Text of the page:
With the #MeToo movement dominating public discussion recently, Caroline Riseboro has noticed new attention on the work she does. As the President and CEO of the international rights and equality organization, Plan International Canada, she helps fight for equality for women and girls worldwide.
“We’ve been screaming from the rooftops for a while,” Riseboro says, “but it’s only now that the public perception of gender equality has started to catch up to the reality.” Girls and women face unique barriers, including pervasive gender discrimination and women’s rights violations, which often prevent them from achieving their potential. For instance, globally, 15 million girls are forced into early or childhood marriage each year; there are currently more than 130 million girls out of school; and complications during pregnancy and childbirth are still the leading cause of death for girls between 15 and 19 years old, despite our knowing how to save their lives.
“We can’t limit our attention of #MeToo and the gender movement that’s grown over recent years to North America,” says Riseboro. “Rights are universal —  and so too should be the battle to enforce them.”

Affecting the future

During a recent trip to El Salvador, Riseboro learned that girls under 18 account for 30 percent of all pregnancies there. “The issue of early pregnancy is exacerbated by harmful gender stereotypes and the perception that a girl’s only role is motherhood,” she says.
In one of the country’s regions where Plan International works, that number has been reduced to zero by engaging youth in opportunities to learn about their sexual and reproductive health and rights. Interventions like these help provide a pathway to brighter futures — educating girls when they’re young results in healthier women with higher incomes and increased decision-making abilities.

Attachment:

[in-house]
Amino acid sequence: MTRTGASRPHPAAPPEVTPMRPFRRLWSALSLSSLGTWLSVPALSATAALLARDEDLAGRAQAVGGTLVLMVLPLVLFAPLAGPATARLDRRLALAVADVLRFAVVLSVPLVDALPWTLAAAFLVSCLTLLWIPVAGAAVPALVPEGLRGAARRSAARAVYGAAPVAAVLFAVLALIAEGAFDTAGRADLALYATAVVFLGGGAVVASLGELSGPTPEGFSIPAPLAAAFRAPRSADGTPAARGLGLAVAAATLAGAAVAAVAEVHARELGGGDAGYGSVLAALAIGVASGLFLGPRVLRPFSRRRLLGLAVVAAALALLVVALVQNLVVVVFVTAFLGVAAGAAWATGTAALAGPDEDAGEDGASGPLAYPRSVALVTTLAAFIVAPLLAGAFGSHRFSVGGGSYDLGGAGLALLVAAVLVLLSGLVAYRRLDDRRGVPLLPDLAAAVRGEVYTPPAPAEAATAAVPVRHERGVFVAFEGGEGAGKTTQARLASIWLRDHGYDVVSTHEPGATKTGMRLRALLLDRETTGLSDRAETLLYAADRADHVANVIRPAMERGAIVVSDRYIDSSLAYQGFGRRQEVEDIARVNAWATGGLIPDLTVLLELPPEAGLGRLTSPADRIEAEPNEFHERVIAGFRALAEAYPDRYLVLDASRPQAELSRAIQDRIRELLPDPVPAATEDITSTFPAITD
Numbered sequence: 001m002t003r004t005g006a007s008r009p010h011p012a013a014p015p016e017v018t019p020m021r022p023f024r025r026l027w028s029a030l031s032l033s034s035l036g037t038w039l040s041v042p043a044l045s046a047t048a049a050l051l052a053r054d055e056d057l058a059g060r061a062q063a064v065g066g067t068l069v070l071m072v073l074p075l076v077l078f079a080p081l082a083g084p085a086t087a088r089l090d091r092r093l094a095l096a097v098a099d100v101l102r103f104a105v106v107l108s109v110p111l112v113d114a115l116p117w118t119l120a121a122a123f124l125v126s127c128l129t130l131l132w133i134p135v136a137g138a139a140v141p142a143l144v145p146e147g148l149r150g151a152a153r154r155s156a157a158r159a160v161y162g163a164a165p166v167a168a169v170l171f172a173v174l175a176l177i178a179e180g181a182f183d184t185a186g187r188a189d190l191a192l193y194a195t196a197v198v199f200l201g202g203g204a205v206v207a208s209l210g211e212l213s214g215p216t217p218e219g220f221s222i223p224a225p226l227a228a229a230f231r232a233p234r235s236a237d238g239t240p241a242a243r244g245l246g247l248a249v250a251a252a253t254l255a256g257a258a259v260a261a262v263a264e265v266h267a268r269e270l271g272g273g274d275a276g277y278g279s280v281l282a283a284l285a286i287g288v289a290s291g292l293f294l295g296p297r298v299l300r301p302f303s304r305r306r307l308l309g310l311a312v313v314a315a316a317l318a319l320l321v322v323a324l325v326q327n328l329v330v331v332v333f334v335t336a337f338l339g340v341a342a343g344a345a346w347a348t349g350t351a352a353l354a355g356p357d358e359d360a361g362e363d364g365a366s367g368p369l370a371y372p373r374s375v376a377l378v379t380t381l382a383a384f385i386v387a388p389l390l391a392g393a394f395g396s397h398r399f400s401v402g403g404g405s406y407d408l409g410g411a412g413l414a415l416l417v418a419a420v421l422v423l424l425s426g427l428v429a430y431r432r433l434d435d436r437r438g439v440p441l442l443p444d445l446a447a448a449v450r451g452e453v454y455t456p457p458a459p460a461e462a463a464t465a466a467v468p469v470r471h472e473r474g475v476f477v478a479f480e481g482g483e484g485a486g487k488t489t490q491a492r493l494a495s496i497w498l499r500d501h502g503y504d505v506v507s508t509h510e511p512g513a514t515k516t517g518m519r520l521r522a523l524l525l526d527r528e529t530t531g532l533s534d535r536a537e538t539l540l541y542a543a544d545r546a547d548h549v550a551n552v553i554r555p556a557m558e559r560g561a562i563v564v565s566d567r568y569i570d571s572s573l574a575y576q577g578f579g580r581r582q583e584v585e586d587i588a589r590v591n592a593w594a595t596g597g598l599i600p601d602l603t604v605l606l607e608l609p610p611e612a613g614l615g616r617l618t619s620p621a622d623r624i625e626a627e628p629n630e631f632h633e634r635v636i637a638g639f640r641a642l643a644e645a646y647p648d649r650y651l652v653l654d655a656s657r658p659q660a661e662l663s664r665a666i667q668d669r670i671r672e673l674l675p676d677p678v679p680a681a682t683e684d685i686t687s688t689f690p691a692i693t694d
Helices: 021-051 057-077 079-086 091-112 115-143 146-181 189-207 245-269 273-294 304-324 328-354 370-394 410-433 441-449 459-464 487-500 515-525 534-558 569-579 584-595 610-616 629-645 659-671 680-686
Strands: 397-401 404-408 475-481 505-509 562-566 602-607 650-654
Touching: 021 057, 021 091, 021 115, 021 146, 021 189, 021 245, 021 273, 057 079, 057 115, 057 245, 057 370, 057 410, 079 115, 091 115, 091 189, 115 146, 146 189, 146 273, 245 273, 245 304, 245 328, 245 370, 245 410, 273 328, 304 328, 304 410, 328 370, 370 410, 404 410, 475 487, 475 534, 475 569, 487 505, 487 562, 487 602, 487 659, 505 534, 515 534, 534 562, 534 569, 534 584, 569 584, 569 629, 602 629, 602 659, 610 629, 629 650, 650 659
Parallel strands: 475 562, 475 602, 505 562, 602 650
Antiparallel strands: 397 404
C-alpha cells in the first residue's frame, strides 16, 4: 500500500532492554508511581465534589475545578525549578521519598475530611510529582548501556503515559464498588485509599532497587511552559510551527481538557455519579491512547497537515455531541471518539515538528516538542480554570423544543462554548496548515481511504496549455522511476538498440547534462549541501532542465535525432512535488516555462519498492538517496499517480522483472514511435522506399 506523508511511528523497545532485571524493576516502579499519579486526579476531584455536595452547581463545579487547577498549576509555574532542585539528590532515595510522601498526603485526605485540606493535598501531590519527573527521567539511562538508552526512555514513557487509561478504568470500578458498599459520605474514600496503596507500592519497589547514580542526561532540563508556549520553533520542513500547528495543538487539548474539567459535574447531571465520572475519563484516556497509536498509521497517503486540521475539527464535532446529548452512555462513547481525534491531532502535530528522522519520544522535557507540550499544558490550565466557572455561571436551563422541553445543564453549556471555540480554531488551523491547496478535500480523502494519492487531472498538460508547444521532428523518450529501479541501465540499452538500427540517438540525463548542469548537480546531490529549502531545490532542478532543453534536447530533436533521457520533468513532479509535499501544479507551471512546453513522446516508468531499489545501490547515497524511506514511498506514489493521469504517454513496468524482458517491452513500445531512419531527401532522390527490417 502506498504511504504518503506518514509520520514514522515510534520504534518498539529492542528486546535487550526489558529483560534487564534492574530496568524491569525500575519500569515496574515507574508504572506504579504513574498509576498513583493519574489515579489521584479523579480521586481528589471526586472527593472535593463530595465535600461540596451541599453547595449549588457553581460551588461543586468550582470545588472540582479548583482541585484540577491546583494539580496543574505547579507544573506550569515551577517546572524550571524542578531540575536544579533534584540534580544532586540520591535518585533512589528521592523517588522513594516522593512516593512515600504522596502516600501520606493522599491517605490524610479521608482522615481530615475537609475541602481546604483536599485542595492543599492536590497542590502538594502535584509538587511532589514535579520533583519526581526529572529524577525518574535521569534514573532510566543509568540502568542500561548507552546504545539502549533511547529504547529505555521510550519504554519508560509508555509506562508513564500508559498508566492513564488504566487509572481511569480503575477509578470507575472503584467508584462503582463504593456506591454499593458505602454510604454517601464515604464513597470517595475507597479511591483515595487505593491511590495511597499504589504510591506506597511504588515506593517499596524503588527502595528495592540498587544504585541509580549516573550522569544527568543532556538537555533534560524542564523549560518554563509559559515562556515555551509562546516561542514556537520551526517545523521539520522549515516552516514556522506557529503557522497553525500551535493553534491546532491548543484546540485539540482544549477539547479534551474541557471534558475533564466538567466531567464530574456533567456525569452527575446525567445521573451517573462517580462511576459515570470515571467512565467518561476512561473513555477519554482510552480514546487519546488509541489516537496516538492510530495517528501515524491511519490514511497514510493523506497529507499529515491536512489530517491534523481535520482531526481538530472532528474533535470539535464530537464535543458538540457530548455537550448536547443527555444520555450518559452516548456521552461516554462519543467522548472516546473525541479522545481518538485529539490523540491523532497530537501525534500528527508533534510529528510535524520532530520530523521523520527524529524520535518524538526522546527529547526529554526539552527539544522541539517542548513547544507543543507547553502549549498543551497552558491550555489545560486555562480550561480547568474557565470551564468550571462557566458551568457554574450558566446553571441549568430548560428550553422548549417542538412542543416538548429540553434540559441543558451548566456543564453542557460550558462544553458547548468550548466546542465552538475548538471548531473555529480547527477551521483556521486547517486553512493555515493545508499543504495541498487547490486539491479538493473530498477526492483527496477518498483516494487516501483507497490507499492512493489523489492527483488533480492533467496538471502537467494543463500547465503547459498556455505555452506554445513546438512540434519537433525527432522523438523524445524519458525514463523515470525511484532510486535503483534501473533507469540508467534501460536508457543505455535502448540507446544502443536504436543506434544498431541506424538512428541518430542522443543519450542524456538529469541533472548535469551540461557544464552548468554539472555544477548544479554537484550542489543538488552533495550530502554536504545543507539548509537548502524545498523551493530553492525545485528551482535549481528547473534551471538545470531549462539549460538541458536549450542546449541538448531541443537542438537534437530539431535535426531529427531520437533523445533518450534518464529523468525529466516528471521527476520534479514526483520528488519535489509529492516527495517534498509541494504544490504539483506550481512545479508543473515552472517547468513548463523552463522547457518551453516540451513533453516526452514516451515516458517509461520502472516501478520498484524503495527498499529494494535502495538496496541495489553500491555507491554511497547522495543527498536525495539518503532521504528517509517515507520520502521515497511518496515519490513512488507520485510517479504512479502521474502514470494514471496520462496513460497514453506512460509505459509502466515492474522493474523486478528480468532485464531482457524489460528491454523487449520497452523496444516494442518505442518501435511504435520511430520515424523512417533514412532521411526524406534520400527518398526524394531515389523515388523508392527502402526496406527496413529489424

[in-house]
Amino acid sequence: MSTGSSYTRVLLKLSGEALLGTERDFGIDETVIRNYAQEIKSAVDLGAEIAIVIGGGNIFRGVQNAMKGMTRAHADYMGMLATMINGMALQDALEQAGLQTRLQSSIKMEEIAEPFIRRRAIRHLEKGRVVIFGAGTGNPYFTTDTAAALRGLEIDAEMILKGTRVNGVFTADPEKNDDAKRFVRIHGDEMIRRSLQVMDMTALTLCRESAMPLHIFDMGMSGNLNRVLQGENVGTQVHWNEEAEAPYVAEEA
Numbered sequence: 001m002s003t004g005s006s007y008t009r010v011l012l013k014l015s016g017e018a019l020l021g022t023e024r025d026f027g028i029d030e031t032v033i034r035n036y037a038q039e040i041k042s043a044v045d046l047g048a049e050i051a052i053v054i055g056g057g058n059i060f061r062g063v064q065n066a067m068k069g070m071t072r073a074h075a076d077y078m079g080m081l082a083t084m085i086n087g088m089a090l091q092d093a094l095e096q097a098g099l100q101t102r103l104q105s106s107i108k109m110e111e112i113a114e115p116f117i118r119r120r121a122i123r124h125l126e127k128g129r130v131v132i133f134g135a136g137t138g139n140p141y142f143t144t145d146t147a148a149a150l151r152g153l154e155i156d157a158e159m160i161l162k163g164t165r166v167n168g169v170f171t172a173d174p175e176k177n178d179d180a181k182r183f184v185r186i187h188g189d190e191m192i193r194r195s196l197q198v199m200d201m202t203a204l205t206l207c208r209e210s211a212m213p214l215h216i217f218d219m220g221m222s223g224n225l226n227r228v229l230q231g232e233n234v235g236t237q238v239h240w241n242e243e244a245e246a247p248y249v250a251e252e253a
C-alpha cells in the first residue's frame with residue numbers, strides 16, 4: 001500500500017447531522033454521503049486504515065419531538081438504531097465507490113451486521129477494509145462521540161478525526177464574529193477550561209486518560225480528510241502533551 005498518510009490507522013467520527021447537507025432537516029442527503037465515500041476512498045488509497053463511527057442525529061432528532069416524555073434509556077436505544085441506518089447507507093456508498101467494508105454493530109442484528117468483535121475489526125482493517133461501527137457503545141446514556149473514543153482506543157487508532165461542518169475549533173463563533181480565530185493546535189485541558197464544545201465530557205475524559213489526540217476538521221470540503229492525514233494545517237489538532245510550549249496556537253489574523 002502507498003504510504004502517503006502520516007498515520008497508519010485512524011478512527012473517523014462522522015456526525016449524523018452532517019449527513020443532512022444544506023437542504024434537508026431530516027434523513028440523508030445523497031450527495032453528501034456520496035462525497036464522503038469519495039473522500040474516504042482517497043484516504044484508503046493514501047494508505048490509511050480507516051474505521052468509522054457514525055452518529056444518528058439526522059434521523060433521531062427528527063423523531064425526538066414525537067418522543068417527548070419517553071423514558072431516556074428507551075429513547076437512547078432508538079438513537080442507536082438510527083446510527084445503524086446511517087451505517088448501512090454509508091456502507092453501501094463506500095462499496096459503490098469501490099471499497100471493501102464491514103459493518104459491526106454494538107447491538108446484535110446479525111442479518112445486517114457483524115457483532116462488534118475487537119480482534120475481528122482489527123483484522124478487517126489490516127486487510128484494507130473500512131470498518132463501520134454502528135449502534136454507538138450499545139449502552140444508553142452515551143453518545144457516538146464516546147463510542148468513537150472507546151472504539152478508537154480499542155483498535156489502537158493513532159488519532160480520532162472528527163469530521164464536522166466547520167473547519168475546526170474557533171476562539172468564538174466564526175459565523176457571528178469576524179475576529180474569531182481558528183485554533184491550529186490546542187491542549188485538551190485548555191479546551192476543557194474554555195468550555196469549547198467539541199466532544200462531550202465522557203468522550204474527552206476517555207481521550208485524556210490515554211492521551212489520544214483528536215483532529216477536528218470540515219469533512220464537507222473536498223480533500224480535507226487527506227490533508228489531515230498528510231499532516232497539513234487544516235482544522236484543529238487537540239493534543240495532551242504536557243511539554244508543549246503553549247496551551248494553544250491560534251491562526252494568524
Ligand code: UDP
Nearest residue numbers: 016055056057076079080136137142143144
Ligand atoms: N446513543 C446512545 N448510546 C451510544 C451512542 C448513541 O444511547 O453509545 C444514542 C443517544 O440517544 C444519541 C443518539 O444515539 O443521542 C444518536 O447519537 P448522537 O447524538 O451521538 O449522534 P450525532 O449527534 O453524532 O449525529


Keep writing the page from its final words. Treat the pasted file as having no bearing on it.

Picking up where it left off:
“As we’ve seen in El Salvador, in so many communities worldwide and here at home, empowering girls and women creates a ripple effect that benefits whole societies.”

Equality for all

“Even though we’re primarily known for our Because I am a Girl initiative, we don’t only work with women and girls,” says Riseboro. “We partner with communities in 75 countries, striving to achieve gender equality for all. That means actively involving men and boys. I’ve seen men become really engaged with this work once they have a daughter. But we’ve got to get past that. Regardless, men have an important role to play.”
Countries where women have more education and access to their rights, according to Riseboro, are more prosperous.
“Working together to protect children and empower women and girls is the solution,” says Riseboro. “Gender equality means a better world for us all.”